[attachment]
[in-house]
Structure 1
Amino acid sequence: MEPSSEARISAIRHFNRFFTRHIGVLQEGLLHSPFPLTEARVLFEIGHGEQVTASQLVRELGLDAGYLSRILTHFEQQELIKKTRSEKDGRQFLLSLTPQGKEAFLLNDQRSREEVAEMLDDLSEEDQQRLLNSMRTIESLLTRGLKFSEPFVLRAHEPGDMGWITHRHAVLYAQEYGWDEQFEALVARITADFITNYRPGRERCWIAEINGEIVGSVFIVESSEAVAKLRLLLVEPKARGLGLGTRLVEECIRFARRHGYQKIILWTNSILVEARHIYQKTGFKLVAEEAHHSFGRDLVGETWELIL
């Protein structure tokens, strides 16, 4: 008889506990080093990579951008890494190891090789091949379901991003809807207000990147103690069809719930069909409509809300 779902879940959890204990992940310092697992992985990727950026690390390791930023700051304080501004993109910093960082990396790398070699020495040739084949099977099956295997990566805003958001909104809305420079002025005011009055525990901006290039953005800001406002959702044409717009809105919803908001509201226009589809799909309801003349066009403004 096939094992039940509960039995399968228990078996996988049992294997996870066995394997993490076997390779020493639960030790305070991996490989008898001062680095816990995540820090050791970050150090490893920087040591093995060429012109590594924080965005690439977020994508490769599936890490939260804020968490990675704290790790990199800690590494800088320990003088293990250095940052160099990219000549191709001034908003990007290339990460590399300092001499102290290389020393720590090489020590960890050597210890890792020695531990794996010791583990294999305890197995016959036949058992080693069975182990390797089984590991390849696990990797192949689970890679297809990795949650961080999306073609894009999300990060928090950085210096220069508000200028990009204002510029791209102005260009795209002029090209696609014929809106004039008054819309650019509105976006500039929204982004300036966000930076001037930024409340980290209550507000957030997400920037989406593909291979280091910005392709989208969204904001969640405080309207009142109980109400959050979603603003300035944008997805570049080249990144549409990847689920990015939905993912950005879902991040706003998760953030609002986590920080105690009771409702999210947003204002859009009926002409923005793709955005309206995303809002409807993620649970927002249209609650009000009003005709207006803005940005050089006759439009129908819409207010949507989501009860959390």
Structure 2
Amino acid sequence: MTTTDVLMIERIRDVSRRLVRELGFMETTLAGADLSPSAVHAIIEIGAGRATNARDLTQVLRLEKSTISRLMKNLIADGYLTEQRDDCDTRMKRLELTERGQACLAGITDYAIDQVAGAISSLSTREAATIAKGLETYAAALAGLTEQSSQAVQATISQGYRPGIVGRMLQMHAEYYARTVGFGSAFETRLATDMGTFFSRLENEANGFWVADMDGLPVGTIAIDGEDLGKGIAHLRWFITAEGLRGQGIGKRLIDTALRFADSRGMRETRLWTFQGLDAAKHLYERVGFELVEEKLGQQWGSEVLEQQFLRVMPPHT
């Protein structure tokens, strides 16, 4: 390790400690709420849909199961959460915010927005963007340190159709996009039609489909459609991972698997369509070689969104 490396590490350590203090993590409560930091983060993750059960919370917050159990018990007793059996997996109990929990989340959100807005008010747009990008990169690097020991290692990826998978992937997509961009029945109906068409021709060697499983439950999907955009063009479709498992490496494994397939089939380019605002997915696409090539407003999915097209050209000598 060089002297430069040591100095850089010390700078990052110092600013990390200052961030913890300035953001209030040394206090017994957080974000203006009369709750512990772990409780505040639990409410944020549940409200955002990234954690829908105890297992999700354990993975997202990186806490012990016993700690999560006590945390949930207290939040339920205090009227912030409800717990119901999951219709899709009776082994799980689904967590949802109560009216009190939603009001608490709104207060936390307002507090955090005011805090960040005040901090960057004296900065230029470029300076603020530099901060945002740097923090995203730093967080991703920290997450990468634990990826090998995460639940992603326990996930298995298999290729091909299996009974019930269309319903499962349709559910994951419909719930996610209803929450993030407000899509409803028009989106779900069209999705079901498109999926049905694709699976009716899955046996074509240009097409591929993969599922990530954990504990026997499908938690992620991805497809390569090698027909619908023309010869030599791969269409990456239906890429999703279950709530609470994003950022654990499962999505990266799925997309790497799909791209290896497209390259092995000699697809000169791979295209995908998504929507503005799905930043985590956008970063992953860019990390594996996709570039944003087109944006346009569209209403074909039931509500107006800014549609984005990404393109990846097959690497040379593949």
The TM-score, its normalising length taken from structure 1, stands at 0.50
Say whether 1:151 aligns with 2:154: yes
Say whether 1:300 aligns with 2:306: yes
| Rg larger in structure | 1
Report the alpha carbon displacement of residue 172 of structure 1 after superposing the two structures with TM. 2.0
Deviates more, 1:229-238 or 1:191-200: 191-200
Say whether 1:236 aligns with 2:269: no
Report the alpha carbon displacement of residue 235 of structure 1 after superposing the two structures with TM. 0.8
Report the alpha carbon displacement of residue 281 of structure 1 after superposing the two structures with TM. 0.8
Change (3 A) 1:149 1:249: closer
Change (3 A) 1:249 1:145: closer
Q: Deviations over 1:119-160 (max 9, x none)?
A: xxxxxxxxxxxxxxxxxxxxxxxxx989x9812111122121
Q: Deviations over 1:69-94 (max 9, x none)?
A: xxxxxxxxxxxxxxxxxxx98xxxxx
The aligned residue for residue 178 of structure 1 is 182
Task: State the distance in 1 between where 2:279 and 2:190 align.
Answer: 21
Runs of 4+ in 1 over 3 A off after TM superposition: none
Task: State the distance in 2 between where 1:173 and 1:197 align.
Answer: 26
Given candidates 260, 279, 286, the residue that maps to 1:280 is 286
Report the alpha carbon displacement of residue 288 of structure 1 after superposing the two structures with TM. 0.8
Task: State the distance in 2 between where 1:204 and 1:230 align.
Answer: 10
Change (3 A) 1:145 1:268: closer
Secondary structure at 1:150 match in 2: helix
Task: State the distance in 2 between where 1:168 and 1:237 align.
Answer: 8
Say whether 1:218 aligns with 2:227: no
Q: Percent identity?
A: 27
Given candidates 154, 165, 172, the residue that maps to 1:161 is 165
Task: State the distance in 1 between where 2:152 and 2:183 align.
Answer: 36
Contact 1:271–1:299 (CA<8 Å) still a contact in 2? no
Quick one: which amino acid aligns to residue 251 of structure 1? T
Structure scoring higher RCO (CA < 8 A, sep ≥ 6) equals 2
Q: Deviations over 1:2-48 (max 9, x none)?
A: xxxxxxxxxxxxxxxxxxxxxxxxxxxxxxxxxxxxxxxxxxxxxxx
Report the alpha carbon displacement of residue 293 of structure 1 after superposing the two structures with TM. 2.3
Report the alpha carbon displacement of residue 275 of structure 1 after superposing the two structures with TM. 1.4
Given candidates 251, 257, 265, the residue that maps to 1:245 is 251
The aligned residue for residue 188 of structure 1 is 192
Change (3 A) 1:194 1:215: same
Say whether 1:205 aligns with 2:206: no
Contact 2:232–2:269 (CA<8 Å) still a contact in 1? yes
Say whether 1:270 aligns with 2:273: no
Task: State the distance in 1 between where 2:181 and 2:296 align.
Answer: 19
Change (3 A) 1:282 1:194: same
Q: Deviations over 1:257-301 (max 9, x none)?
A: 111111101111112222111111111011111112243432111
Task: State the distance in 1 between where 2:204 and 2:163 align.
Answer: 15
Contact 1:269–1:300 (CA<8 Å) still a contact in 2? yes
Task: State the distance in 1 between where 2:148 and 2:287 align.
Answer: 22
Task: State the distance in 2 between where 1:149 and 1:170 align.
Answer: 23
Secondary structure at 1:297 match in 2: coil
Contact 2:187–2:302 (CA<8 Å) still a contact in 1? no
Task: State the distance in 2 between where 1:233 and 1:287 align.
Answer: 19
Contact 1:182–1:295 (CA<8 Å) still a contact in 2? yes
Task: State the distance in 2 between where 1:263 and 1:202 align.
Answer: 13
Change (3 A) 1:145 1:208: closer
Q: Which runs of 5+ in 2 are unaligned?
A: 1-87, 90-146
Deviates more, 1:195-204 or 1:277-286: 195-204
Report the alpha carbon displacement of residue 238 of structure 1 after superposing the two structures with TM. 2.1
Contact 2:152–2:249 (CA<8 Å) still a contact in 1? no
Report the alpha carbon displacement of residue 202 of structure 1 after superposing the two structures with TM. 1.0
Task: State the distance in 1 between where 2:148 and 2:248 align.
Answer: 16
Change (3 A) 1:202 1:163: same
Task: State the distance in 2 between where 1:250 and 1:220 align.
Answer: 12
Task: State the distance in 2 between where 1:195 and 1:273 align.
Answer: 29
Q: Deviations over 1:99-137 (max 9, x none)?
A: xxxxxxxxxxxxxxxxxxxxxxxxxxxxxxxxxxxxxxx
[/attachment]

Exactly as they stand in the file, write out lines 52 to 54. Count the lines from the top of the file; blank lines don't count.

Change (3 A) 1:194 1:215: same
Say whether 1:205 aligns with 2:206: no
Contact 2:232–2:269 (CA<8 Å) still a contact in 1? yes